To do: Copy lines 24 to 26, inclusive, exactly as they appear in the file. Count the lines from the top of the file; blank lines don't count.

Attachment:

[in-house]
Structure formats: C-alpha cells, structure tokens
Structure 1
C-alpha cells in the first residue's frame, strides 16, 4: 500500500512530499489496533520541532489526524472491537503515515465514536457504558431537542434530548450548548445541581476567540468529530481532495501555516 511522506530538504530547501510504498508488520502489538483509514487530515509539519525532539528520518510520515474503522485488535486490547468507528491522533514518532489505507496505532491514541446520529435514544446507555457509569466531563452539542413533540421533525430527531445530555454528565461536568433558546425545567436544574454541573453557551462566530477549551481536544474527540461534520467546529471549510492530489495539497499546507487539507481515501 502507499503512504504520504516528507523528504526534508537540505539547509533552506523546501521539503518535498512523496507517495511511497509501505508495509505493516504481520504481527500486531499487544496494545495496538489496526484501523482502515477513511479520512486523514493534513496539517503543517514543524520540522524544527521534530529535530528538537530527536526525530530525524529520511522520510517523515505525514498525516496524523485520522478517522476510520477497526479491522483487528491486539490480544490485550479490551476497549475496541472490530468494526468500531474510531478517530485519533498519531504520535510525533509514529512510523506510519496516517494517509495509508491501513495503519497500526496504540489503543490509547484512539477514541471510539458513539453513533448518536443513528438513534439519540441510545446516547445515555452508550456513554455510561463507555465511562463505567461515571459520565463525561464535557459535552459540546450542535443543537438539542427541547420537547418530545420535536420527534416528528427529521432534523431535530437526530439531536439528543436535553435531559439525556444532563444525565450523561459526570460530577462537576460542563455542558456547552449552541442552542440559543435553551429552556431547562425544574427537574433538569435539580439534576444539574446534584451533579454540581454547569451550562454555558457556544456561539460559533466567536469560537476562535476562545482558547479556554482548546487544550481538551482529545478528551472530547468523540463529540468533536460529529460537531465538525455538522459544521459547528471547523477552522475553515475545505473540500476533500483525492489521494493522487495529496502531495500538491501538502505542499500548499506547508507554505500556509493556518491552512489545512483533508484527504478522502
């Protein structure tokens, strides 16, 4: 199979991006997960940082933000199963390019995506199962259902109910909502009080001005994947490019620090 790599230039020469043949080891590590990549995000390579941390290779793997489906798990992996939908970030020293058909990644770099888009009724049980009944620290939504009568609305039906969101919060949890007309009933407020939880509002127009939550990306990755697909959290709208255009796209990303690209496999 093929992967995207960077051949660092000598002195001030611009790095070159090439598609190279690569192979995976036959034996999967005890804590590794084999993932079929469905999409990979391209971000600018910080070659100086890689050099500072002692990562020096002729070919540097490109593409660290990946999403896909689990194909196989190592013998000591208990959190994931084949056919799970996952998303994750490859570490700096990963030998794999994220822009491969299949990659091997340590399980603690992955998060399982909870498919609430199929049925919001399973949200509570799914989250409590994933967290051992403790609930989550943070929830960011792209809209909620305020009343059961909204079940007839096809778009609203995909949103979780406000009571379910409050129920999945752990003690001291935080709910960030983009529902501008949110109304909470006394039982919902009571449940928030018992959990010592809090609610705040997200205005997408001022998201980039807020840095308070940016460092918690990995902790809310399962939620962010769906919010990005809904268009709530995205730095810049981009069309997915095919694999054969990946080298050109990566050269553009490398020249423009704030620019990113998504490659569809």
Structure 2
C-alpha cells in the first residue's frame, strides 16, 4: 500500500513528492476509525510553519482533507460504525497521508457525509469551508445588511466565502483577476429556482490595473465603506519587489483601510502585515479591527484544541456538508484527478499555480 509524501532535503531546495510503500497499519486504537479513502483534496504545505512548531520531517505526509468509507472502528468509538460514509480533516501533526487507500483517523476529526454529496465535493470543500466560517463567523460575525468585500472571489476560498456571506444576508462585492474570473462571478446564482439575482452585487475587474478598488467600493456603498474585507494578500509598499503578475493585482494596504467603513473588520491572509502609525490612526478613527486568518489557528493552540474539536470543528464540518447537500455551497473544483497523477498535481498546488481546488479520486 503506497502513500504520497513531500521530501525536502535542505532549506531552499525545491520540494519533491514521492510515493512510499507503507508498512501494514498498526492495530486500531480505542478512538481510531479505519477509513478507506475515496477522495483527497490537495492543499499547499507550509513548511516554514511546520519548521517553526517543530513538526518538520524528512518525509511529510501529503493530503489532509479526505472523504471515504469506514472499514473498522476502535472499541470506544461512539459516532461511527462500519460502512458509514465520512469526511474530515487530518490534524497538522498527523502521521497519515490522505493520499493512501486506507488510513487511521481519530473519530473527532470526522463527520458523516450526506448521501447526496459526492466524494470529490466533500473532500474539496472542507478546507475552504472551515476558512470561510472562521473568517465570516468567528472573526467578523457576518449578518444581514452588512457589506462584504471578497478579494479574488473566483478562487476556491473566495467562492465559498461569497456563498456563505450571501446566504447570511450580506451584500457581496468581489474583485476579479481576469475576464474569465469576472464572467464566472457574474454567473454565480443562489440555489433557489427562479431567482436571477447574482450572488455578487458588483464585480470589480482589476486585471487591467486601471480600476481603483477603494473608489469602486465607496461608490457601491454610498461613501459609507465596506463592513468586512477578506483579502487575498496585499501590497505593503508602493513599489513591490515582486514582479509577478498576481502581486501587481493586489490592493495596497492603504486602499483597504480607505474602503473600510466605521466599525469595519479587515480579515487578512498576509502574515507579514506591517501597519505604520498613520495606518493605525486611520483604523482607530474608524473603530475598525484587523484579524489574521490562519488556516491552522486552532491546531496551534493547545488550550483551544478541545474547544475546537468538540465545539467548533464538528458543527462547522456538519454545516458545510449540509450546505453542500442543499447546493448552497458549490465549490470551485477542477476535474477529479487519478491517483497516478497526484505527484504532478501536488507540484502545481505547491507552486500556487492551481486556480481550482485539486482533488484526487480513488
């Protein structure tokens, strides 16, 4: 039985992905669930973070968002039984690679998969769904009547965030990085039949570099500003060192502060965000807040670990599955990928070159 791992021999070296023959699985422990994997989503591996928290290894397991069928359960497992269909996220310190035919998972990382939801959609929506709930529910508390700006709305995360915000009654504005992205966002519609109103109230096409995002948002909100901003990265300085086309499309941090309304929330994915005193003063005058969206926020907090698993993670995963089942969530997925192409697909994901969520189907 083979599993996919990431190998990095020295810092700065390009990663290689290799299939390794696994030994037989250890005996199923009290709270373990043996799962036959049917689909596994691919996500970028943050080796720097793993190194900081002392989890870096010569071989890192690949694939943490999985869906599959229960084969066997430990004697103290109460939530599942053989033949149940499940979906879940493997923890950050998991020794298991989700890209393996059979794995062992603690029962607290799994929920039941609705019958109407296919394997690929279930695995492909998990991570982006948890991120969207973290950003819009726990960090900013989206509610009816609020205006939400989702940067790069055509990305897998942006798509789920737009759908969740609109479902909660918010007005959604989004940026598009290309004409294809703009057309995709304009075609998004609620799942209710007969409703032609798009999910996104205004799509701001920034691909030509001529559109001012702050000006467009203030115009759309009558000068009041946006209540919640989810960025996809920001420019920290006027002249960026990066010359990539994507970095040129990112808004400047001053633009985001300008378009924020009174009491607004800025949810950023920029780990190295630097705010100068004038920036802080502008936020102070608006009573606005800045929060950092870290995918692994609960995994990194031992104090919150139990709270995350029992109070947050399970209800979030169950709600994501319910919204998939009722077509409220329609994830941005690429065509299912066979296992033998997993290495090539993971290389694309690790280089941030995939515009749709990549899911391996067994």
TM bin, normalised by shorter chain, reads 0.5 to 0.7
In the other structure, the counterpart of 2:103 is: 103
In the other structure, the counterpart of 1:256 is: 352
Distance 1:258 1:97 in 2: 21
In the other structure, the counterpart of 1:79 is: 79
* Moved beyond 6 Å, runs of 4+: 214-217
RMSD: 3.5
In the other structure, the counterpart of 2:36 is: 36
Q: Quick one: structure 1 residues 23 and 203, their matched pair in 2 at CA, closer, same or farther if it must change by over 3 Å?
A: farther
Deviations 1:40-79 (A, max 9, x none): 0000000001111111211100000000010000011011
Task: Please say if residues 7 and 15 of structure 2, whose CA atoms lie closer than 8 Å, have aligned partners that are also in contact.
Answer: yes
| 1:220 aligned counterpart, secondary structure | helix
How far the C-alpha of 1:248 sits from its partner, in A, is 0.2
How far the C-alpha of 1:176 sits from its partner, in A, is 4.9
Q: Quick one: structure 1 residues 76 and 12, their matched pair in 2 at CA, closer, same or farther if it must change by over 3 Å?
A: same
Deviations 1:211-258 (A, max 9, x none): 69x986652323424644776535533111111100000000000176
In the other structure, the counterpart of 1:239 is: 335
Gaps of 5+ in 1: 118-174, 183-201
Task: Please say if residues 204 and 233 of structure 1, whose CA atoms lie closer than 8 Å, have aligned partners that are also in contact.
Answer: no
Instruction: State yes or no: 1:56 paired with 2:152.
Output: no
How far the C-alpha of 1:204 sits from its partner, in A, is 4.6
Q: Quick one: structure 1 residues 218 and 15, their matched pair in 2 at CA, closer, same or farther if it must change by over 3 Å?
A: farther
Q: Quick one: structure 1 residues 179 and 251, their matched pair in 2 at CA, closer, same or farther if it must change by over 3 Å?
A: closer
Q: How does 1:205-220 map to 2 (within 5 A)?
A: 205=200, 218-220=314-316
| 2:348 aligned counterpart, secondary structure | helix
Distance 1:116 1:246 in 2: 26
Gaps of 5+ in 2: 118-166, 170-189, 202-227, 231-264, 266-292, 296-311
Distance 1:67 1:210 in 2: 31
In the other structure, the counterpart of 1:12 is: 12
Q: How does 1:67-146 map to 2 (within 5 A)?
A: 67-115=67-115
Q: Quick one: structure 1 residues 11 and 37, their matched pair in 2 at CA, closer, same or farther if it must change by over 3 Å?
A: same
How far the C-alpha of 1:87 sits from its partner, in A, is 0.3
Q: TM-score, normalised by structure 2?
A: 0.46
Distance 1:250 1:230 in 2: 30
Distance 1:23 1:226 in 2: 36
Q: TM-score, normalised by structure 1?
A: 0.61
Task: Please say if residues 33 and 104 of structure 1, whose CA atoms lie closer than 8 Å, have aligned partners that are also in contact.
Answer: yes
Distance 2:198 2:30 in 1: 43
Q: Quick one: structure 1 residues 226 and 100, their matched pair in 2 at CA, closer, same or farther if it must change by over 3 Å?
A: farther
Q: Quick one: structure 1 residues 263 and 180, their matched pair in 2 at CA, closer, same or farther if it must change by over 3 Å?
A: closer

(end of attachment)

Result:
How far the C-alpha of 1:176 sits from its partner, in A, is 4.9
Q: Quick one: structure 1 residues 76 and 12, their matched pair in 2 at CA, closer, same or farther if it must change by over 3 Å?
A: same